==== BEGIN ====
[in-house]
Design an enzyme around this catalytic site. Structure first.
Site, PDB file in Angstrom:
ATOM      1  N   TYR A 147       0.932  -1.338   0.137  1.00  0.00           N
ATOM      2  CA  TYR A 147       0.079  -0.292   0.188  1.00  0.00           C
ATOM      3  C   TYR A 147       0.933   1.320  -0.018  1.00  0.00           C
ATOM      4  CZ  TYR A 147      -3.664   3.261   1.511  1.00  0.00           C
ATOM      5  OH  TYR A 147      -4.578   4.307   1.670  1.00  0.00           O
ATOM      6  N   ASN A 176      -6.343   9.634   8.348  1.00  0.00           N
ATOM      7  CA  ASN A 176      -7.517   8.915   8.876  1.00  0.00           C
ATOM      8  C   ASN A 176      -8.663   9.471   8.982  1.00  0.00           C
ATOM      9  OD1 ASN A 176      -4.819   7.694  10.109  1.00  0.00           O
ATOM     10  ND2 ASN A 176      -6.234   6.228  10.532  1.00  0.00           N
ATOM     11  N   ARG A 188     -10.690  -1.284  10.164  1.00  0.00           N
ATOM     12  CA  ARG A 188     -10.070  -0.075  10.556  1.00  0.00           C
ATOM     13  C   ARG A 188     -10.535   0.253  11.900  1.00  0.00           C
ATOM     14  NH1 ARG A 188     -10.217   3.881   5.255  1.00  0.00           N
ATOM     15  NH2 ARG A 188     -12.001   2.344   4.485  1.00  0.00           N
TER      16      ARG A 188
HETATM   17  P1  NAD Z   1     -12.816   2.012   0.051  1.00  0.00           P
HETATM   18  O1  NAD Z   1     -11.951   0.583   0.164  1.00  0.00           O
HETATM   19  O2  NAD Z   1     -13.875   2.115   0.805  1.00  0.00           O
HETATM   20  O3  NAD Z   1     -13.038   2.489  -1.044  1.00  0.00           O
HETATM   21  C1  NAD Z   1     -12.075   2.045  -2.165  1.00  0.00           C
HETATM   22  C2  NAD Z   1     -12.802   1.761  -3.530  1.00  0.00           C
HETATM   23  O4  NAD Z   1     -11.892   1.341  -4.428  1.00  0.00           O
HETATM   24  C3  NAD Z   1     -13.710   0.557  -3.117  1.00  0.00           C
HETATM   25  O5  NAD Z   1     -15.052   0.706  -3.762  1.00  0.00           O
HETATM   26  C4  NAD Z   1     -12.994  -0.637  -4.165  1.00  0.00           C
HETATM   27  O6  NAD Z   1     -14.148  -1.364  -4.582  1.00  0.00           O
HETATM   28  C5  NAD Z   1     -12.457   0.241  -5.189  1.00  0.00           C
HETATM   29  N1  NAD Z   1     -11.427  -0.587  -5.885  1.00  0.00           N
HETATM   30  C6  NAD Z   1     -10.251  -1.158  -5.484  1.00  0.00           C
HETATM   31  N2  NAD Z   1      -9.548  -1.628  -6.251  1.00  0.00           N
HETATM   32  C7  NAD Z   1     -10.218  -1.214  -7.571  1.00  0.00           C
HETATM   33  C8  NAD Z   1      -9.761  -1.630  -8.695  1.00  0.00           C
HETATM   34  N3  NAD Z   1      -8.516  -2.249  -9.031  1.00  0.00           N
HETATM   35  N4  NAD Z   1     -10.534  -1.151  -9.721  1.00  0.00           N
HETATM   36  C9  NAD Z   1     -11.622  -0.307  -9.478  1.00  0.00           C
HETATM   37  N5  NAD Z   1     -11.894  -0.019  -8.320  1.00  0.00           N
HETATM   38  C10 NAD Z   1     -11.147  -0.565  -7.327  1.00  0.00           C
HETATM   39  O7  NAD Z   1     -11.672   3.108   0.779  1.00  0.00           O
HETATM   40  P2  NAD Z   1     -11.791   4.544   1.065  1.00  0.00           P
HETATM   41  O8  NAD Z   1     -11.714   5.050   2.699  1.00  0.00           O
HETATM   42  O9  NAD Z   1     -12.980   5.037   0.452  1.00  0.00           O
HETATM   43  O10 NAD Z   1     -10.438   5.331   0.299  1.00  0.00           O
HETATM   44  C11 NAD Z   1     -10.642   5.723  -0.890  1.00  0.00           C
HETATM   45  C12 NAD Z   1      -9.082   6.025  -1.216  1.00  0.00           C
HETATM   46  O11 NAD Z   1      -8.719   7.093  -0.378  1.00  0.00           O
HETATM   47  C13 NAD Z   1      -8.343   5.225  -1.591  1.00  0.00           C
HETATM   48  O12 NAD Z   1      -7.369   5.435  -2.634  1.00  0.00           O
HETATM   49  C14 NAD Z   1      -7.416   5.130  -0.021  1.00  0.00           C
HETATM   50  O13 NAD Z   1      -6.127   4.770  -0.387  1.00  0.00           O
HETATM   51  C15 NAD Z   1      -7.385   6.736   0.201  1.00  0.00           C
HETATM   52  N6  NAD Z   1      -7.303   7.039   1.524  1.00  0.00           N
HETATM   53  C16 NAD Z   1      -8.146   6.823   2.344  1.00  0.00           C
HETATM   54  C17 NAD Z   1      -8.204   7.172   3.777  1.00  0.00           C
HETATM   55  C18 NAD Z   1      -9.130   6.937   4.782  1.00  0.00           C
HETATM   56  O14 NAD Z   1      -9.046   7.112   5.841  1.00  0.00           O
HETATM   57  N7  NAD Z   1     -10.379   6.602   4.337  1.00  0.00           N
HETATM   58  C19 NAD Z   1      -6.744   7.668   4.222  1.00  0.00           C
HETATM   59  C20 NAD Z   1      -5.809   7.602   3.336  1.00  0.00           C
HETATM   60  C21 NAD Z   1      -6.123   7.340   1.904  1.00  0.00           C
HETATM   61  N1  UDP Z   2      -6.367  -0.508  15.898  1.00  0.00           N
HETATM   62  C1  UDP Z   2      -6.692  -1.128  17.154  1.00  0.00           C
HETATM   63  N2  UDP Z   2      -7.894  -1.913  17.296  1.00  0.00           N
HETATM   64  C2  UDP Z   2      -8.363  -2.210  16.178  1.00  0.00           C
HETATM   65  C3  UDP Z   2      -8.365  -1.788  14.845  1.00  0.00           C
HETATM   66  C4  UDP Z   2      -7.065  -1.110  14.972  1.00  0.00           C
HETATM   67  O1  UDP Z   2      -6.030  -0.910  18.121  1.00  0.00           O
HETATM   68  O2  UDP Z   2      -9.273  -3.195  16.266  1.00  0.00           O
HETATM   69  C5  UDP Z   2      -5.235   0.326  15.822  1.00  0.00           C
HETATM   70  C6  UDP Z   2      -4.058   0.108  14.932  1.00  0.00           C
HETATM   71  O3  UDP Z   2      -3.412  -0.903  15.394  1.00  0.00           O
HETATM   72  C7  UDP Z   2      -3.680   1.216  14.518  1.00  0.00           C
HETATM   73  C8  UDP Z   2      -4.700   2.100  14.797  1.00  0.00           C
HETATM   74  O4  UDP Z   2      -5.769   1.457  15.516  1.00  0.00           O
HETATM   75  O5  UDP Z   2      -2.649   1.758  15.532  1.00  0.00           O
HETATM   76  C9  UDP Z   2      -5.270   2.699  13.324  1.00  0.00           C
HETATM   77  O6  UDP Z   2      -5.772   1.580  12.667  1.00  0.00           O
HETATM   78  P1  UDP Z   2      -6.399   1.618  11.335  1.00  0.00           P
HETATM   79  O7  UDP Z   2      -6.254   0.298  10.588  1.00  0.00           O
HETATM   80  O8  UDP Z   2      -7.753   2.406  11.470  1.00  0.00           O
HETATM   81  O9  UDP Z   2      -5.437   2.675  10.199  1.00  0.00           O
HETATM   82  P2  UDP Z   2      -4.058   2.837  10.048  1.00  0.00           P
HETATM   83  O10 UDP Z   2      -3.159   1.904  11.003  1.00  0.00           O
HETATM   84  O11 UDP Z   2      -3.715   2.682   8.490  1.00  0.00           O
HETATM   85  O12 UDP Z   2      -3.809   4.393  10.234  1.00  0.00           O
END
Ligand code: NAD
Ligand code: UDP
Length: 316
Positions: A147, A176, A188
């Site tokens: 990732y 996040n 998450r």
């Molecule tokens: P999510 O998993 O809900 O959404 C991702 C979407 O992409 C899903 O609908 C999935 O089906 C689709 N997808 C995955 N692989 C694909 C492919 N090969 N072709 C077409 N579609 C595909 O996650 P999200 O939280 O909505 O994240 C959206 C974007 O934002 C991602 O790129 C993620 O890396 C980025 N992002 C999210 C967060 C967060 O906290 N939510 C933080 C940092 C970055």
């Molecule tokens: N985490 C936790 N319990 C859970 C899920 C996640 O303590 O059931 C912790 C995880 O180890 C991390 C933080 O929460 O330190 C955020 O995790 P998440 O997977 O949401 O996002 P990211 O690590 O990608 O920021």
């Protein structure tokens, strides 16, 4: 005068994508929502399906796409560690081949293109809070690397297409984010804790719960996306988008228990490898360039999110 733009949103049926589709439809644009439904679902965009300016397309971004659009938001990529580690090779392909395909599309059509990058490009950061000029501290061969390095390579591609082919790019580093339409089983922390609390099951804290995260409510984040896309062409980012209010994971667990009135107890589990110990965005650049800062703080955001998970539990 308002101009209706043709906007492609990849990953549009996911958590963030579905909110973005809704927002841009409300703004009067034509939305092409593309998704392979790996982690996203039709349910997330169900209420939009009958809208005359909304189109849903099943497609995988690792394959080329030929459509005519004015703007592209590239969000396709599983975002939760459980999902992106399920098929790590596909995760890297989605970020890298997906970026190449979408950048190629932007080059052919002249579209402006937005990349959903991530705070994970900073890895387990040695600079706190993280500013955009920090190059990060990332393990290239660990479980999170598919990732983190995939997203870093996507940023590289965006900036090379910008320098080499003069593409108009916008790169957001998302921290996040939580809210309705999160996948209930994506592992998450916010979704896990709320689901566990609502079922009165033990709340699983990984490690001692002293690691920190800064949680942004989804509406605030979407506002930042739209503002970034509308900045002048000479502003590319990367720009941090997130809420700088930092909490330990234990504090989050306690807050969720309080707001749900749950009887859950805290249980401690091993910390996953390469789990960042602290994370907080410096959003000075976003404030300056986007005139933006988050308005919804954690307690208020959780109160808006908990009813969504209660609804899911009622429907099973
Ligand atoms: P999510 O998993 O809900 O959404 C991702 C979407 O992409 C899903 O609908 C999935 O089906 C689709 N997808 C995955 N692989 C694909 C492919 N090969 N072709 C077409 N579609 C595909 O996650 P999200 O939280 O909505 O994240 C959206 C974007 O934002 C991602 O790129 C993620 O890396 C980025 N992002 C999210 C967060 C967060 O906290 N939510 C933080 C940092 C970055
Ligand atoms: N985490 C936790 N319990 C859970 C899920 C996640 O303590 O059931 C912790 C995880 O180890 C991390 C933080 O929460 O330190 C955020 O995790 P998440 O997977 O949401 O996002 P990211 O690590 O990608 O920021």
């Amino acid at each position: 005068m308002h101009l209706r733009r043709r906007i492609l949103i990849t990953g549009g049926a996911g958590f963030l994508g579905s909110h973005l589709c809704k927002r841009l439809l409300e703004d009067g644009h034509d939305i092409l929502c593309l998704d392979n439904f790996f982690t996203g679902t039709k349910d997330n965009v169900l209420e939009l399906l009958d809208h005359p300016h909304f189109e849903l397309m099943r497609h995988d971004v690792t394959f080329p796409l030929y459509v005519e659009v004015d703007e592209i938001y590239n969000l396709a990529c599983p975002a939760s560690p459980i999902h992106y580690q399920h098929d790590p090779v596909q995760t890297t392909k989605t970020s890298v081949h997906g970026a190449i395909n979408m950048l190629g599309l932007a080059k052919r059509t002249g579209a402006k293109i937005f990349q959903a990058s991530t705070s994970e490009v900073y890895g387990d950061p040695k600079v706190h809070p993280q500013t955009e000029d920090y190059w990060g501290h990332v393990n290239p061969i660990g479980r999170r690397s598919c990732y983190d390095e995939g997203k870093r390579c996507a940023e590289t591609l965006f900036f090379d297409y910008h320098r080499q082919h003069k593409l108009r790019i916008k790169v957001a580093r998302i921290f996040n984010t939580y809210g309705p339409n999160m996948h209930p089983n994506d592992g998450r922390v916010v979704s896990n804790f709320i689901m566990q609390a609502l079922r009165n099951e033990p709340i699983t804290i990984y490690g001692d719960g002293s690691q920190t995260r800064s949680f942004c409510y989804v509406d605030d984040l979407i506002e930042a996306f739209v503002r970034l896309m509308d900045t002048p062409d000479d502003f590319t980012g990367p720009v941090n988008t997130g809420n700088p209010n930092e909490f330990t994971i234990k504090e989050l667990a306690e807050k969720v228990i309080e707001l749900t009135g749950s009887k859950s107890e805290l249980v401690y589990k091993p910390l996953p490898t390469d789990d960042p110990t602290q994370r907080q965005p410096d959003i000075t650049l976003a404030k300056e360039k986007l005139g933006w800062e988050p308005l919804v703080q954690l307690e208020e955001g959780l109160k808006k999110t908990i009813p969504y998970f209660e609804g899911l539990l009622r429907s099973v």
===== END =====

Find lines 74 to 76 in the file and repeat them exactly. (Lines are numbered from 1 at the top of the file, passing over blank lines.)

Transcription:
HETATM   71  O3  UDP Z   2      -3.412  -0.903  15.394  1.00  0.00           O
HETATM   72  C7  UDP Z   2      -3.680   1.216  14.518  1.00  0.00           C
HETATM   73  C8  UDP Z   2      -4.700   2.100  14.797  1.00  0.00           C